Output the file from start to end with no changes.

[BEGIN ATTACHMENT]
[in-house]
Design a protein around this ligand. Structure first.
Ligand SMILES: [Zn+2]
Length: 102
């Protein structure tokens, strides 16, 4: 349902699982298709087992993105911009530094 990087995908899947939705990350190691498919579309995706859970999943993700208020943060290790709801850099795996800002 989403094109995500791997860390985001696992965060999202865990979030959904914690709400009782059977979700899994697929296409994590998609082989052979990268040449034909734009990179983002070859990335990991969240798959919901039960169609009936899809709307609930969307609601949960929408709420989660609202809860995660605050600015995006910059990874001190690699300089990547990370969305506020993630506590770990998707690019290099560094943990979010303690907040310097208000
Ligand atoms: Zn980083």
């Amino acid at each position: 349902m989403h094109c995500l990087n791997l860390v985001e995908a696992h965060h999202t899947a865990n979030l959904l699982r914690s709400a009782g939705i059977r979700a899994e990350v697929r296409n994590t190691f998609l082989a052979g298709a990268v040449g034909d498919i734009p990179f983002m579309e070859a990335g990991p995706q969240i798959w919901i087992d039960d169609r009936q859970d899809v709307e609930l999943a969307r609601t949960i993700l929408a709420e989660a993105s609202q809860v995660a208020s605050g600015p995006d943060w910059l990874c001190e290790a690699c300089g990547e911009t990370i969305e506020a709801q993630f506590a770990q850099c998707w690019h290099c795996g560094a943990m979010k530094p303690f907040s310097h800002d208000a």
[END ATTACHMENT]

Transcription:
[in-house]
Design a protein around this ligand. Structure first.
Ligand SMILES: [Zn+2]
Length: 102
């Protein structure tokens, strides 16, 4: 349902699982298709087992993105911009530094 990087995908899947939705990350190691498919579309995706859970999943993700208020943060290790709801850099795996800002 989403094109995500791997860390985001696992965060999202865990979030959904914690709400009782059977979700899994697929296409994590998609082989052979990268040449034909734009990179983002070859990335990991969240798959919901039960169609009936899809709307609930969307609601949960929408709420989660609202809860995660605050600015995006910059990874001190690699300089990547990370969305506020993630506590770990998707690019290099560094943990979010303690907040310097208000
Ligand atoms: Zn980083």
């Amino acid at each position: 349902m989403h094109c995500l990087n791997l860390v985001e995908a696992h965060h999202t899947a865990n979030l959904l699982r914690s709400a009782g939705i059977r979700a899994e990350v697929r296409n994590t190691f998609l082989a052979g298709a990268v040449g034909d498919i734009p990179f983002m579309e070859a990335g990991p995706q969240i798959w919901i087992d039960d169609r009936q859970d899809v709307e609930l999943a969307r609601t949960i993700l929408a709420e989660a993105s609202q809860v995660a208020s605050g600015p995006d943060w910059l990874c001190e290790a690699c300089g990547e911009t990370i969305e506020a709801q993630f506590a770990q850099c998707w690019h290099c795996g560094a943990m979010k530094p303690f907040s310097h800002d208000a």